The hidden history of a haunted and beloved city told through the intersecting lives of nine remarkable characters
After Hurricane Katrina, Dan Baum moved to New Orleans to write about the city’s response to the disaster for The New Yorker. He quickly realized that Katrina was not the most interesting thing about New Orleans, not by a long shot. The most interesting question, which struck him as he watched residents struggling to return, was this: Why are New Orleanians—along with people from all over the world who continue to flock there—so devoted to a place that was, even before the storm, the most corrupt, impoverished, and violent corner of America?
Here’s the answer. Nine Lives is a multivoiced biography of this dazzling, surreal, and imperiled city through the lives of nine characters over forty years and bracketed by two epic storms: Hurricane Betsy, which transformed the city in the 1960’s, and Katrina, which nearly destroyed it. These nine lives are windows into every strata of one of the most complex and fascinating cities in the world. From outsider artists and Mardi Gras Kings to jazz-playing coroners and transsexual barkeeps, these lives are possible only in New Orleans, but the city that nurtures them is also, from the beginning, a city haunted by the possibility of disaster. All their stories converge in the storm, where some characters rise to acts of heroism and others sink to the bottom. But it is New Orleans herself—perpetually whistling past the grave yard—that is the story’s real heroine.
Nine Lives is narrated from the points of view of some of New Orleans’s most charismatic characters, but underpinning the voices of the city is an extraordinary feat of reporting that allows Baum to bring this kaleidoscopic portrait to life with brilliant color and crystalline detail. Readers will find themselves wrapped up in each of these individual dramas and delightfully immersed in the life of one of this country’s last unique places, even as its ultimate devastation looms ever closer. By resurrecting this beautiful and tragic place and portraying the extraordinary lives that could have taken root only there, Nine Lives shows us what was lost in the storm and what remains to be saved.
DAN BAUM is a former staff writer for The New Yorker, and has written for numerous other magazines and newspapers. He lives in Boulder, Colorado.
“Nine Lives reaches for, and grasps, an astonishing range of experience in New Orleans. In tracing the paths of these lives over decades, and across the lines of age, race, class, and gender, it gives an essential perspective on what was lost, and found, by the survivors of Hurricane Katrina. Dan Baum doesn’t live in New Orleans, but New Orleans lives in him, and on every page of this harrowing, compassionate book.”—Tom Piazza, author of City of Refuge and Why New Orleans Matters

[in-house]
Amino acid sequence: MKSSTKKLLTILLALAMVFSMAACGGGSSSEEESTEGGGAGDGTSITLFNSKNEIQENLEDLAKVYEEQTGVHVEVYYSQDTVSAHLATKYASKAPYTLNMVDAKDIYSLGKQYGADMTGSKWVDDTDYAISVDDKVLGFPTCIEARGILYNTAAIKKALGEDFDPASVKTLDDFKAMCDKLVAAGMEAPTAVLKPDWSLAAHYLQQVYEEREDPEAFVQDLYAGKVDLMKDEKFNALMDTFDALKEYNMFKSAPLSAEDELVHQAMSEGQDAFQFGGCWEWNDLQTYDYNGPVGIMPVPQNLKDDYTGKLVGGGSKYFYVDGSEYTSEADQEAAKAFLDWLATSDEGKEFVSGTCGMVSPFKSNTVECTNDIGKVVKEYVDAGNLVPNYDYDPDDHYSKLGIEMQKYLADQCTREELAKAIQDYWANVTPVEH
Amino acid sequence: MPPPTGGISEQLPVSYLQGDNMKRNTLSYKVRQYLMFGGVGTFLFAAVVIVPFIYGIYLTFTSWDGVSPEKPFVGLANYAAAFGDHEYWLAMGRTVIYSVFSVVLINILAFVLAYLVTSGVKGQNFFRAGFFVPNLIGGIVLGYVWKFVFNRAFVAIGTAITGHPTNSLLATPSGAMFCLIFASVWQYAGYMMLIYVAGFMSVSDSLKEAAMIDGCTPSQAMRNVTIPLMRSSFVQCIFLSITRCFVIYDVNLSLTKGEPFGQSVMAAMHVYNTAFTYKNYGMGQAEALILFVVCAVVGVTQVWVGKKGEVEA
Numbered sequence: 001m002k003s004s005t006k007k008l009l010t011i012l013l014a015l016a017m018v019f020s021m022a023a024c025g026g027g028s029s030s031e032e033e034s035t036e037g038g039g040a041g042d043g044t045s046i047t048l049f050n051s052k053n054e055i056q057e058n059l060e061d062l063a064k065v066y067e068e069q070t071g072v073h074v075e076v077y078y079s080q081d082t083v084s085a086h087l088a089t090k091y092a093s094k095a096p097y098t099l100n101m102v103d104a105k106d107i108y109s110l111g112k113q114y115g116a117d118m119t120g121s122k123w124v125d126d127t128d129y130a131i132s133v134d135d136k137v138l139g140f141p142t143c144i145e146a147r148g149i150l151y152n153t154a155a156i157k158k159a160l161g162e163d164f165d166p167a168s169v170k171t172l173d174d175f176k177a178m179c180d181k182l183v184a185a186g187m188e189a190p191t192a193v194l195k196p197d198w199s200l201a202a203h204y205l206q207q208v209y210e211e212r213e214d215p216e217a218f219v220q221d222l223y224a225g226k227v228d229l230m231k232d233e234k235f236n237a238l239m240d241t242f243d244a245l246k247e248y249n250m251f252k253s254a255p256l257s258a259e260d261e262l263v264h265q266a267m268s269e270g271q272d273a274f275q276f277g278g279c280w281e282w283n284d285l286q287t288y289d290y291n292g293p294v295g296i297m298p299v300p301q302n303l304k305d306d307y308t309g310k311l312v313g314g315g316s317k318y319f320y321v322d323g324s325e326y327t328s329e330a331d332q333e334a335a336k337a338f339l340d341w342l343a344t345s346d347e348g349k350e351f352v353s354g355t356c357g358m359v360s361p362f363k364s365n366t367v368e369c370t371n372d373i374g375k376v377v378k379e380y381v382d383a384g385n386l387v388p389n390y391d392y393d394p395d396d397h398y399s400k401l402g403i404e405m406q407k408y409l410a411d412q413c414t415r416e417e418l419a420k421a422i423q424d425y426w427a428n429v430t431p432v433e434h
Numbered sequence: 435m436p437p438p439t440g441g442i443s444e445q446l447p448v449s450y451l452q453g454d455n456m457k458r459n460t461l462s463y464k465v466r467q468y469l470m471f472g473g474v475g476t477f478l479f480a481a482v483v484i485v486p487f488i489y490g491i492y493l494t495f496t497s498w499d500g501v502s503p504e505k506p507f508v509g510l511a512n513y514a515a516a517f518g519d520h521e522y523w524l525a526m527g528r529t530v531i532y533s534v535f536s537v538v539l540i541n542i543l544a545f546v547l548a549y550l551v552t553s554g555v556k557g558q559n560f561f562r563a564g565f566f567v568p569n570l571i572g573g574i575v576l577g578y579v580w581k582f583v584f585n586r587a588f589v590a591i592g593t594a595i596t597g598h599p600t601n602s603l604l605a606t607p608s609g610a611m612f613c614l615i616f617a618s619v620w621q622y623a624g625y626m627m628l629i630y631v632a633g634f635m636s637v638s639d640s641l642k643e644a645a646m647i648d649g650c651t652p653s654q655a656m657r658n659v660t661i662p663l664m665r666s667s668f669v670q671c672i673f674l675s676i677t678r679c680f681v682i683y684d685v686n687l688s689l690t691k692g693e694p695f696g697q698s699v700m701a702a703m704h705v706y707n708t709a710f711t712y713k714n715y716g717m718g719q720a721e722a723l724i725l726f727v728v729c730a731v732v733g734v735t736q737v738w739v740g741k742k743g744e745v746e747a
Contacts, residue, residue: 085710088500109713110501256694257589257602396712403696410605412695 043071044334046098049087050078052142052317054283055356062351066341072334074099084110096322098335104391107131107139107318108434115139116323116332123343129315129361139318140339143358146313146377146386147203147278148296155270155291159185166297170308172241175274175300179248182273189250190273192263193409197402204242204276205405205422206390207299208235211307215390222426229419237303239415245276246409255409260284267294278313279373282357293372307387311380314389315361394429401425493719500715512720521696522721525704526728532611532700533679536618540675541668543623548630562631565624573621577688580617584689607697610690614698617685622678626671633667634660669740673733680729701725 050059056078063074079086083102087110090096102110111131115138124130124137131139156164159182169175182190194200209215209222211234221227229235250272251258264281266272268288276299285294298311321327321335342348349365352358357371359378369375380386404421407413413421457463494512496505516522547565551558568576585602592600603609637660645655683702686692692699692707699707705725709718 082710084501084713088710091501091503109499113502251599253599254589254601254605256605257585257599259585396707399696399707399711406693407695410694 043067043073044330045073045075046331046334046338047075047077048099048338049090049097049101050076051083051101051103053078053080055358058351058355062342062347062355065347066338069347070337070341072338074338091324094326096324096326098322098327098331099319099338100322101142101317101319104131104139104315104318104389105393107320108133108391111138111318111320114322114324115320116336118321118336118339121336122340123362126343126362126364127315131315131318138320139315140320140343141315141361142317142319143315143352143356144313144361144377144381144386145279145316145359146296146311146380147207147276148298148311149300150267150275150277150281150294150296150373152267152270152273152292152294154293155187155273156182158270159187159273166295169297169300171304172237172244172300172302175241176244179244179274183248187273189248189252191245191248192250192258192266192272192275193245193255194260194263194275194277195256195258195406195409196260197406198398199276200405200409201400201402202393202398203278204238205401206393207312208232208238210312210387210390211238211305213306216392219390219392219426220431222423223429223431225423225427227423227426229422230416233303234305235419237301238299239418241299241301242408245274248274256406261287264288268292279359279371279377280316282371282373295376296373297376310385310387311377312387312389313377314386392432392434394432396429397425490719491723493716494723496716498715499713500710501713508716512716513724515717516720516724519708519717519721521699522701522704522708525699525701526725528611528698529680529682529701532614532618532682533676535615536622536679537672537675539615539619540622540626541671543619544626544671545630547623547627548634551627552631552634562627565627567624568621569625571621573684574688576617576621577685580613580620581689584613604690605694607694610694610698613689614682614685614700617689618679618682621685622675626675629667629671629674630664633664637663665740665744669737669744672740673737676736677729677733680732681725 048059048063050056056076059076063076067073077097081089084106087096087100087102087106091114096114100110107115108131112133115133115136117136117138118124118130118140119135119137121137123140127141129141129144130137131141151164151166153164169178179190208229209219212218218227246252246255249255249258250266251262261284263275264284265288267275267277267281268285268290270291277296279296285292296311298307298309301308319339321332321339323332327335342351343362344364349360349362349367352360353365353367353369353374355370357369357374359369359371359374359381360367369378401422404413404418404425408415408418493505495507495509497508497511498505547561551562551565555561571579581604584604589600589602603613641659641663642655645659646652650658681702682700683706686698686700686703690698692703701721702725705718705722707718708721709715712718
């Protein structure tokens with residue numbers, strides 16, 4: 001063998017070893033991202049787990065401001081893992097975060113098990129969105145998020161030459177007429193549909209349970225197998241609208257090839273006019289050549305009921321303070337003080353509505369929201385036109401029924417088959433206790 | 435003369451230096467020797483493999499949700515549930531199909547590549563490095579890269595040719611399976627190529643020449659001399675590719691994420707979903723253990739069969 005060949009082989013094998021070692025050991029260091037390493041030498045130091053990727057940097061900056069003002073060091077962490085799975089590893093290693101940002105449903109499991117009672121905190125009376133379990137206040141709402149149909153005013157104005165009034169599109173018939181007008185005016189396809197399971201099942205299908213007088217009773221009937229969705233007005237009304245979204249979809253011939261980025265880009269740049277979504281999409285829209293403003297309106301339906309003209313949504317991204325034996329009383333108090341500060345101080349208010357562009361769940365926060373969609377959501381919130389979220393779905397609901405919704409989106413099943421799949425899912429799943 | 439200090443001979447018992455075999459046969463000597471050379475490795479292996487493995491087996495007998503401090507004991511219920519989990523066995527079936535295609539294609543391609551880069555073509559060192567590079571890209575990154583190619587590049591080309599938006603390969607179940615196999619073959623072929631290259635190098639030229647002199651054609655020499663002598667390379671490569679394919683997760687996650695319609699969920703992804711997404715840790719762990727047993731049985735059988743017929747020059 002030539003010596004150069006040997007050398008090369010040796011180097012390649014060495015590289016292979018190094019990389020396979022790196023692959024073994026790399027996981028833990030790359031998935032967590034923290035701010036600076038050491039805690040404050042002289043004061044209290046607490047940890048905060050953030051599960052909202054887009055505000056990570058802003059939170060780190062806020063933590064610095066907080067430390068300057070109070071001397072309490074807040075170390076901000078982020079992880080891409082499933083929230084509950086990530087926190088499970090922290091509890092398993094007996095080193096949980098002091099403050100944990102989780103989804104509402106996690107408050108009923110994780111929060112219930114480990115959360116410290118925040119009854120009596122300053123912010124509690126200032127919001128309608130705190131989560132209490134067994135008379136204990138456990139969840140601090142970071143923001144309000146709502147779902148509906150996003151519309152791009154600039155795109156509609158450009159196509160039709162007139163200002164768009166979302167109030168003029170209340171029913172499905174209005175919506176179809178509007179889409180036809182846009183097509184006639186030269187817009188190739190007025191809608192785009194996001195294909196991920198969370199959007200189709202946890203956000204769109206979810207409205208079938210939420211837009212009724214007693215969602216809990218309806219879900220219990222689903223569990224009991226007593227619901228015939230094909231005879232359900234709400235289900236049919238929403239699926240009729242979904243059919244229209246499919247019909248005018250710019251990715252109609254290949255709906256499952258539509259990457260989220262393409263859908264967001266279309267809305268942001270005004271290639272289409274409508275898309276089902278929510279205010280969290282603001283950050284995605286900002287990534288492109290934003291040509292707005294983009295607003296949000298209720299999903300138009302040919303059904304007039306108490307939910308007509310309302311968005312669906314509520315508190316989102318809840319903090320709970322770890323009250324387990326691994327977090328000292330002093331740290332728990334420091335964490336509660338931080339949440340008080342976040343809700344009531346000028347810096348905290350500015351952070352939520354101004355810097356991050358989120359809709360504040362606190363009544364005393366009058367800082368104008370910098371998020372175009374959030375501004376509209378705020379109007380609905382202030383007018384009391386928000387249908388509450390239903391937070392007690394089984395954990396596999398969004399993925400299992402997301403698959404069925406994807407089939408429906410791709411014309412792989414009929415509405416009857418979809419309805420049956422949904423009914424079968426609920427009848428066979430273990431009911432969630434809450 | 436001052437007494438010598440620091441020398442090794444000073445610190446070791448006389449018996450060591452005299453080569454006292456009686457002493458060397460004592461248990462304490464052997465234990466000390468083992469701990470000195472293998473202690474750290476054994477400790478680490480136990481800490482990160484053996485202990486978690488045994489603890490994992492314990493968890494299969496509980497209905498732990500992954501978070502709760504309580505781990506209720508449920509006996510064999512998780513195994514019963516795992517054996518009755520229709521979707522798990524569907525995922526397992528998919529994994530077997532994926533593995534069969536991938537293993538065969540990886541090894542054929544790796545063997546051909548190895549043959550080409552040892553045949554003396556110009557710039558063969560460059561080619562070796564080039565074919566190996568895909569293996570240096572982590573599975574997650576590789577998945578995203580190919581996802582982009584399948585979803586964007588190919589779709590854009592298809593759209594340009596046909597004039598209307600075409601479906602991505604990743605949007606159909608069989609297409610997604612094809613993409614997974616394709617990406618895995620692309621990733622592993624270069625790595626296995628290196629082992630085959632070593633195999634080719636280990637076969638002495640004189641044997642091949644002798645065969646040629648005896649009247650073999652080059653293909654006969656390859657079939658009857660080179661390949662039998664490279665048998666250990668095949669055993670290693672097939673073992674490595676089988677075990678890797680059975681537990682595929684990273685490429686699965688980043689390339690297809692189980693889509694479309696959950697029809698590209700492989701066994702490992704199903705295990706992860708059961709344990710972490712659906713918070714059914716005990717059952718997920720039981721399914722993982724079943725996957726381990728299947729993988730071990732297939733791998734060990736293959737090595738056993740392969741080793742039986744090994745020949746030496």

“Nine Lives is stunning work. Dan Baum has immersed himself in New Orleans, the most fascinating city in the United States, and illuminated it in a way that is as innovative as Tom Wolfe on hot rods and Truman Capote on a pair of murderers. Full of stylistic brilliance and deep insight and an overriding compassion, Nine Lives is an instant classic of creative nonfiction.”—Robert Olen Butler, Pulitzer Prize–winning author of A Good Scent from a Strange Mountain
“Dan Baum writes with grace and heart in this extraordinary homage to that most beautiful and broken of America’s cities, New Orleans. This is an important American story, and Dan Baum has done a wonderful thing in telling it.”—Jon Lee Anderson, author of Che Guevara: A Revolutionary Life and The Fall of Baghdad
“Dan Baum tests the power of a very haunting place to bring these beautifully crafted narratives into a coherent whole—and New Orleans comes through with soulful aplomb. Nine Lives is a masterful portrait of a fragile American outpost between two terrible storms.” —Jed Horne, author of Breach of Faith: Hurricane Katrina and the Near Death of a Great American City
“Nine Lives may be this young year’s most artful and emotionally resonating nonfiction book so far, and for that, to Mr. Baum, a belated New Year’s toast.”—New York Times
“Brilliantly reported… Compassionate and clear-eyed, Nine Lives brings you into the heart of an American tragedy.” —People, four stars
“A splendid book… Baum continually serves up wonderful detail and phrasing… People in Nine Lives sometimes use the phrase “You feel me?” the way other people say “You understand?” If Baum had employed these words as the last line of his book, as a question about everything he’s told us, the answer would be a firm, appreciative yes.”—New York Times Book Review
"Nine Lives: Death and Life in New Orleans is one of the most moving—and riveting—books ever written about the rich and complicated life we live here." —Times-Picayune